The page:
Managing Styles with Sass on Heroku

I’ve generally found stylesheets to be the messiest part of any website. And I’m not surprised:

  • Cross browser support means kludgy code
  • Functionality usually takes the drivers seat to well thought out styles
  • It’s someone else’s job

But organizing styles doesn’t have to be a mess and here’s one strategy that may make your life easier.

But First…

Since REST became the de facto way to design Rails apps, I’ve focused on organizing stylesheets by the same patterns. It just seemed natural that if you had a folder /views/users/new.html.erb you should have a similiar folder /stylesheets/users/new.css. Back in 2008, I wrote a two part post on how to do this nicely with Rails. Three years later, I’m not the only one who thinks that this is a decent idea.

But CSS has grown old and weary and is in desperate need of an update. Sass is clearly a more expressive way to define styles.

So, it seemed like a great time to refresh the way I manage styles in my Rails apps.

Why Start from Scratch?

Beware of Dog

Simply put, this was a pain in the ass. Why was it harder than it should have been?

  • I’m masochistic: I wanted it to work a certain way. I didn’t want to wrangle with a bloated framework or sacrifice on simplicity.
  • Heroku: Heroku has a (mostly) read-only filesystem. Waaa, waaa!. Since Sass needs to be compiled, this poses a bit of a problem. There are a few workarounds that involve serving CSS from /tmp, but I didn’t want a hack.
  • Organization: I resisted Sass for a long time. I think by just organizing your selectors you can get a lot of the same benefits. My new setup had to have the same clarity.
  • Packages: Everyone should know by now that the HTTP overhead of requesting multiple CSS files degrades client performance. But you can’t just pile them all into one file because you need to separate styles for print, screen, IE, or mobile. This problem had a solution, but not with Git based deployments on Heroku and the Amazon S3 workaround sounded like trouble.
  • Javascript: Javascript and CSS are very very different. I wanted my solution to organizing styles to inspire the way I manage Javascript, not muddle it up.

Seriously, it shouldn’t be this god damn complicated.


  • Sass: I was commited to porting to Sass, specifically because you don’t have to rewrite all your CSS to get started. Scss plays nice. It’s part of Haml, so throw it in your Gemfile:
gem 'haml', '3.0.18'
  • Migrate your CSS to Scss: Using the command line tool sass-convert I migrated all my CSS to Scss. I know it needs a lot of refactoring to take advantage of Sass, but I’ll do that later.
$> sass-convert source.css destination.scss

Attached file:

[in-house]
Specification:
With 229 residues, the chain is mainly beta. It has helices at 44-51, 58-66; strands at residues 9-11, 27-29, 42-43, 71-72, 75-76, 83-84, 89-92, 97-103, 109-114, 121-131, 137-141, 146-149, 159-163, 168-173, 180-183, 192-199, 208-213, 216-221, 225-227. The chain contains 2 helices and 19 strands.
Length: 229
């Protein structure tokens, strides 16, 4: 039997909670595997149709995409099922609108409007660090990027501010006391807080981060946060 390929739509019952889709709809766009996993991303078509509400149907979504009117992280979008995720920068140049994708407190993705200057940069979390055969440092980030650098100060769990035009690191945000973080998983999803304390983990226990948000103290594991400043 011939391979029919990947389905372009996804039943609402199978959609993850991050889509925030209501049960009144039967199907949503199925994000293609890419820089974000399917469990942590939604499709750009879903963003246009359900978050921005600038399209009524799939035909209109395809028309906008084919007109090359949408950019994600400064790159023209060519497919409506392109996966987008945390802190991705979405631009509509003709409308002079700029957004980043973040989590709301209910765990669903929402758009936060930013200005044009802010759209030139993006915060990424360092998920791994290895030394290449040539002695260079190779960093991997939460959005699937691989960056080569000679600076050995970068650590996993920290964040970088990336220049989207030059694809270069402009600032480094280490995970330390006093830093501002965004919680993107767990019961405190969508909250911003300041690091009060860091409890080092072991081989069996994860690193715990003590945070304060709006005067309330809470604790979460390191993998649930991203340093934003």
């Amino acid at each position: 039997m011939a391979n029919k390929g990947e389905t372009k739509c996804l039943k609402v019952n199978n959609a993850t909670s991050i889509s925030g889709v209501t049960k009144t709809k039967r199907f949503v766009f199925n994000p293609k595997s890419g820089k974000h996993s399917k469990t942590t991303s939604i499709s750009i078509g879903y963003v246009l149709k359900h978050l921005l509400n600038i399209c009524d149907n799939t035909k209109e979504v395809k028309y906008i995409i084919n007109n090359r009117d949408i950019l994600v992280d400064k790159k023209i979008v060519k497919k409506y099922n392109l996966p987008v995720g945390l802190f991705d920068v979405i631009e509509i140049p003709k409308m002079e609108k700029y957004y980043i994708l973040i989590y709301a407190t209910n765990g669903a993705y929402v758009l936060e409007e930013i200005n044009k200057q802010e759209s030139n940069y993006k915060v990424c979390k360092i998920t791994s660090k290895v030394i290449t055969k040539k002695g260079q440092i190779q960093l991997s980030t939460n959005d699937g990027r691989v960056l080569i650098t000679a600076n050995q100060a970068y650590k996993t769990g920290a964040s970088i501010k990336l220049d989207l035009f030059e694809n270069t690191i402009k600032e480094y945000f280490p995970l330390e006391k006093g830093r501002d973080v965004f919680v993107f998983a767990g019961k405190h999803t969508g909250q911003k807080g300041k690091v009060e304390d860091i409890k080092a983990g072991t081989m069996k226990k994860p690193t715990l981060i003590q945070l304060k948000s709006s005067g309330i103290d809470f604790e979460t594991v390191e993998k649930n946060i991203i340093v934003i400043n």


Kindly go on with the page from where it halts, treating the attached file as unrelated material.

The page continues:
• Organize: I wanted stylesheet packages to be derived by how styles were organized - not by a configuration file. So while it made sense to have the Sass files live next to my erb (remember, I have a one-to-one mapping of styles to my templates), Chris Powers noted that it was cleaner to store them in /app/stylesheets/:package/. For me, :package was just “desktop.” Later, I can easily create packages called “mobile,” “print,” or “ie” if I need to. See?

Template and Styles, Happily Ever After

  • Use Rack to do all the heavy lifting: Compiling Scss isn’t hard. Concatinating all the stylesheets isn’t hard either. Ryan Bates’ 222nd Railscast helped me write a Rack application that does the work:
class AssetsApp < ActionController::Metal
  include ActionController::Rendering

  def stylesheets
    @output = ''

    Dir.glob("#{Rails.root}/app/stylesheets/#{params[:package]}/**/*.css*") do |filename|
      sass_options = { :syntax => :scss }
      sass_options[:style] = :compressed unless Rails.env.development?

      @output +=, 'r').read, sass_options).render

    response.headers['Cache-Control'] = "public, max-age=#{1.year.seconds.to_i}" unless Rails.env.development?
    response.content_type = 'text/css'

    render :text => @output
  • Add the route and reference it: With Rack doing all the hard work, I just point to it:
Sqoot::Application.routes.draw do |map|
  match "/stylesheets/:package.css" => AssetsApp.action(:stylesheets), :as => 'stylesheets'
<%= stylesheet_link_tag stylesheets_path(:package => :desktop) %>

All together now!

  • Instead of 15-some stylesheets being downloaded at ~50 KB, now I send the client one 8 KB file.
  • No writing to disk! So Heroku’s happy.
  • Varnish leverages HTTP to cache the compiled CSS.
  • I can sleep again because all my styles are now served in one tight bundle.
  • You get a nice free gist of the code to try for yourself.

UPDATE: I presented on the topics of this post at Chicago Ruby and Refresh. The video and slides are now available online. (May 1st, 2011)

Thanks for reading! I'm Avand.

I’ve been working on the web for over a decade and am passionate about building great products.

My last job was with Airbnb, where I focused on internal products that helped teams measure the quality of the software they were building. I also built internal tools for employees to stay more connected, especially after the COVID-19 pandemic. Before that, I was lead engineer at Mystery Science, the #1 way in which science is taught in U.S. elementary school classroms. For a while, I also taught with General Assembly, teaching aspiring developers the basics of front-end web development.

I was born in Boston, grew up in Salt Lake City, and spent many years living in Chicago. Now, I call San Francisco my home and Mariposa my home away from home.

I enjoy the great outdoors and absolutely love music and dance. Cars have been an lifelong obsession of mine, especially vintage BMWs and Volkswagens. I’m the proud owner of a 2002 E-250 Sportsmobile van, and he and I have enjoyed many trips to beautiful and remote parts of the West Coast to create good vibes.

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